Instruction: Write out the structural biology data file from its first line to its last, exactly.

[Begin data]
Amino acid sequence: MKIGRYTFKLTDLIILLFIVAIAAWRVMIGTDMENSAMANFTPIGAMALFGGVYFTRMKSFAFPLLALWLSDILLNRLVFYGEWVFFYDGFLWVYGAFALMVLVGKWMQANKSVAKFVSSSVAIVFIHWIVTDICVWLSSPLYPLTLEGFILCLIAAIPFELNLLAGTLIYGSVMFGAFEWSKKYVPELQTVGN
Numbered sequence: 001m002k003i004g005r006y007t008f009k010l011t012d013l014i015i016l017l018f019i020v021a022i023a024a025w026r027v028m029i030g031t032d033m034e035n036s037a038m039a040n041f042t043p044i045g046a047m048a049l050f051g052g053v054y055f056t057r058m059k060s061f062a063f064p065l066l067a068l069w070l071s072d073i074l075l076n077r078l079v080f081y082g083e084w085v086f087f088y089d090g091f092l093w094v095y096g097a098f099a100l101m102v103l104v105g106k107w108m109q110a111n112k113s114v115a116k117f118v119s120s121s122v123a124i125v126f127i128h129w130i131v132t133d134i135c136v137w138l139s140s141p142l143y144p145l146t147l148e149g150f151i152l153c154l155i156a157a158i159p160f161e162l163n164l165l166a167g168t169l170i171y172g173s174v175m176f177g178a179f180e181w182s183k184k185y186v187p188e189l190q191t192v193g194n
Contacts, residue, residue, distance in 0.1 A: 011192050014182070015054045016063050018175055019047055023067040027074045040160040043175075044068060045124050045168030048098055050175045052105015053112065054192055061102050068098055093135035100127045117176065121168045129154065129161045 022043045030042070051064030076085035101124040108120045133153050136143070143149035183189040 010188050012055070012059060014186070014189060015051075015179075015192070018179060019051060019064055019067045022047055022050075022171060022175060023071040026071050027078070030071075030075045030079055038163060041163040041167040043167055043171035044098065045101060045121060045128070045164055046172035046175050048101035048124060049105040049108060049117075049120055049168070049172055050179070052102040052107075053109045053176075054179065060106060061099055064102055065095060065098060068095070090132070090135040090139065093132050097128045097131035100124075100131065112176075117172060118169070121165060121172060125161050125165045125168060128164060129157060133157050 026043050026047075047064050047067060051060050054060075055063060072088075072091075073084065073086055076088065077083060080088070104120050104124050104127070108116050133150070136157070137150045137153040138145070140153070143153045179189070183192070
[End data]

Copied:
Amino acid sequence: MKIGRYTFKLTDLIILLFIVAIAAWRVMIGTDMENSAMANFTPIGAMALFGGVYFTRMKSFAFPLLALWLSDILLNRLVFYGEWVFFYDGFLWVYGAFALMVLVGKWMQANKSVAKFVSSSVAIVFIHWIVTDICVWLSSPLYPLTLEGFILCLIAAIPFELNLLAGTLIYGSVMFGAFEWSKKYVPELQTVGN
Numbered sequence: 001m002k003i004g005r006y007t008f009k010l011t012d013l014i015i016l017l018f019i020v021a022i023a024a025w026r027v028m029i030g031t032d033m034e035n036s037a038m039a040n041f042t043p044i045g046a047m048a049l050f051g052g053v054y055f056t057r058m059k060s061f062a063f064p065l066l067a068l069w070l071s072d073i074l075l076n077r078l079v080f081y082g083e084w085v086f087f088y089d090g091f092l093w094v095y096g097a098f099a100l101m102v103l104v105g106k107w108m109q110a111n112k113s114v115a116k117f118v119s120s121s122v123a124i125v126f127i128h129w130i131v132t133d134i135c136v137w138l139s140s141p142l143y144p145l146t147l148e149g150f151i152l153c154l155i156a157a158i159p160f161e162l163n164l165l166a167g168t169l170i171y172g173s174v175m176f177g178a179f180e181w182s183k184k185y186v187p188e189l190q191t192v193g194n
Contacts, residue, residue, distance in 0.1 A: 011192050014182070015054045016063050018175055019047055023067040027074045040160040043175075044068060045124050045168030048098055050175045052105015053112065054192055061102050068098055093135035100127045117176065121168045129154065129161045 022043045030042070051064030076085035101124040108120045133153050136143070143149035183189040 010188050012055070012059060014186070014189060015051075015179075015192070018179060019051060019064055019067045022047055022050075022171060022175060023071040026071050027078070030071075030075045030079055038163060041163040041167040043167055043171035044098065045101060045121060045128070045164055046172035046175050048101035048124060049105040049108060049117075049120055049168070049172055050179070052102040052107075053109045053176075054179065060106060061099055064102055065095060065098060068095070090132070090135040090139065093132050097128045097131035100124075100131065112176075117172060118169070121165060121172060125161050125165045125168060128164060129157060133157050 026043050026047075047064050047067060051060050054060075055063060072088075072091075073084065073086055076088065077083060080088070104120050104124050104127070108116050133150070136157070137150045137153040138145070140153070143153045179189070183192070